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As I know, Coke(Coca-Cola) could be an uncountable noun,

but I saw the phrase "I want a Coke",

Is it right?

It means "Coke" could be a countable noun, too.

I was confused.
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Hi,

As I know, Coke(Coca-Cola) could be an uncountable noun,

but I saw the phrase "I want a Coke",

Is it right?

It means "Coke" could be a countable noun, too. Yes. You can sit in a restaurant and order a Coke, or 3 Cokes. Or 3 Pepsis. Or 3 Budweisers.

Best wishes, Clive
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Yes, in restaurant (or other food and drink) situations, you can talk about usually uncountable nouns that way.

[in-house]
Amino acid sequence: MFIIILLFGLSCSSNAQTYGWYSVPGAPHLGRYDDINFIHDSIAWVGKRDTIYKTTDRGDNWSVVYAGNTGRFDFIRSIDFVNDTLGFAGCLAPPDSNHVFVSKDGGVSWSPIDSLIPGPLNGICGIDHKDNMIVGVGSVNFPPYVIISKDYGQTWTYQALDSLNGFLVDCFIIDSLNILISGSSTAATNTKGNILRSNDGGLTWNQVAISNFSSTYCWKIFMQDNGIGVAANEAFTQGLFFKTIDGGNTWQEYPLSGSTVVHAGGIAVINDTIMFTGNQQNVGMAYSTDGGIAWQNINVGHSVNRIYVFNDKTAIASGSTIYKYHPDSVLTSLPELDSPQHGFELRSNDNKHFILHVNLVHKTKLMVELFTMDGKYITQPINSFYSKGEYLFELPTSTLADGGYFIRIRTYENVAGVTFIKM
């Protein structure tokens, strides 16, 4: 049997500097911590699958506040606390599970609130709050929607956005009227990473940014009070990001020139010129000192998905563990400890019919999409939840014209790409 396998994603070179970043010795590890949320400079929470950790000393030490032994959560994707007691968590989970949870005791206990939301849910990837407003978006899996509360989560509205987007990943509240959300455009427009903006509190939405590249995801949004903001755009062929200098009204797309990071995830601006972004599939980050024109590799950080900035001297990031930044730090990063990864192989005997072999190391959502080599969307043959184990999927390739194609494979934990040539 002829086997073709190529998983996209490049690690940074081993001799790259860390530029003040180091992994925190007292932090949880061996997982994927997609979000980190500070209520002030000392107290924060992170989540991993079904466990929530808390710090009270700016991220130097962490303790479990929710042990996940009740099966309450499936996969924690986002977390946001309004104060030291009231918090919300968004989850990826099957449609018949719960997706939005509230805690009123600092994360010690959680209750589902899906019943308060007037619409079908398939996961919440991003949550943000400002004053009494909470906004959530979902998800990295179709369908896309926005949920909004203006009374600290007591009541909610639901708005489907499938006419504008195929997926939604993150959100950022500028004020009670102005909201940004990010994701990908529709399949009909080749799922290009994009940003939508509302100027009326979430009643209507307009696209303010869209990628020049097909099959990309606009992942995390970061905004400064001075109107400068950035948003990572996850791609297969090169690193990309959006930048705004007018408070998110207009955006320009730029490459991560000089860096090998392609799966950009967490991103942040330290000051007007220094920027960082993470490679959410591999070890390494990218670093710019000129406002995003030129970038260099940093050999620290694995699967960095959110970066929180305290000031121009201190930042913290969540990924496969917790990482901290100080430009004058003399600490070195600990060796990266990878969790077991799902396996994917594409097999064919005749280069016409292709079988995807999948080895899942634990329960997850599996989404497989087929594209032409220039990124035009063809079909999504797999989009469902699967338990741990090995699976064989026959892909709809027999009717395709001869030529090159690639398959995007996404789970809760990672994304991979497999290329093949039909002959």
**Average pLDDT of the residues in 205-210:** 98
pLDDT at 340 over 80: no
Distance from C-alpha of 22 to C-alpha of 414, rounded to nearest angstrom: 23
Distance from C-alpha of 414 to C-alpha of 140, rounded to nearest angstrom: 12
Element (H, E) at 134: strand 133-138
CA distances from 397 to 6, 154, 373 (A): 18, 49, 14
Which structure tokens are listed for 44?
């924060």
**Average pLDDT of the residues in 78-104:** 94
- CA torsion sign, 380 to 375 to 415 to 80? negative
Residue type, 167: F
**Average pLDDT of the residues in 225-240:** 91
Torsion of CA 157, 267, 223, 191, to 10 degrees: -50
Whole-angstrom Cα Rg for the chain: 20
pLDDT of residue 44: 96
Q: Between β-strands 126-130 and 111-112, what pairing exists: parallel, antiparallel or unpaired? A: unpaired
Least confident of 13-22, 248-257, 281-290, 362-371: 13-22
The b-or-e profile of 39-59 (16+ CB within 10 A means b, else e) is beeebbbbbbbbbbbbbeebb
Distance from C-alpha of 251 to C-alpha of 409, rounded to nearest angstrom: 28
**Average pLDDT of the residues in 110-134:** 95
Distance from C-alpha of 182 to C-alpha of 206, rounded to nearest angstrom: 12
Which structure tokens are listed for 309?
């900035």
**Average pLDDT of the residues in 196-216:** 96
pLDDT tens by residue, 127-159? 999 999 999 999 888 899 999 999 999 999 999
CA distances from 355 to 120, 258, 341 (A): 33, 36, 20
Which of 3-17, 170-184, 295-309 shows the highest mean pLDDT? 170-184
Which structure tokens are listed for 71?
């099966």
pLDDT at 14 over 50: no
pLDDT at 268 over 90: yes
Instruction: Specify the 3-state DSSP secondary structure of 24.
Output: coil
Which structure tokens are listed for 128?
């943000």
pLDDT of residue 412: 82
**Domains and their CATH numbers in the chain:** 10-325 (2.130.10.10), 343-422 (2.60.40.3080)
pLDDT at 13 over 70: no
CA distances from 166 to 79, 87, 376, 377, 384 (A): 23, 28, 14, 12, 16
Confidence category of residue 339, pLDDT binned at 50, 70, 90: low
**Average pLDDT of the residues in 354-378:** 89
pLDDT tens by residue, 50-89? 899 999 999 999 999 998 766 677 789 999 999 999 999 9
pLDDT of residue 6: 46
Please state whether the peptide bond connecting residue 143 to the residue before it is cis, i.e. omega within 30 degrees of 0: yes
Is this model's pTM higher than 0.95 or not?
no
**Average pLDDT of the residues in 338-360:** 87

I want a Coke means I'd like a bottle of Coke, or a glass of Coke. The same with coffee or water or other similar things.

So can you think what "Three coffees, a Coke, and we'd each like a water too, please" means when you say it to your waiter?
Students: We have free audio pronunciation exercises.
Comments  

Yes, your are right! It could be a countable noun too only when you don't want to use measure words like cups or cans or glasses in front of food names or drinks and so on. So instead of saying, I want a can of coke you can say I want a coke. Instead of saying, I want a cup of coffee you can say I want a coffee.


English grammar can be very confusing in some situation or learning!

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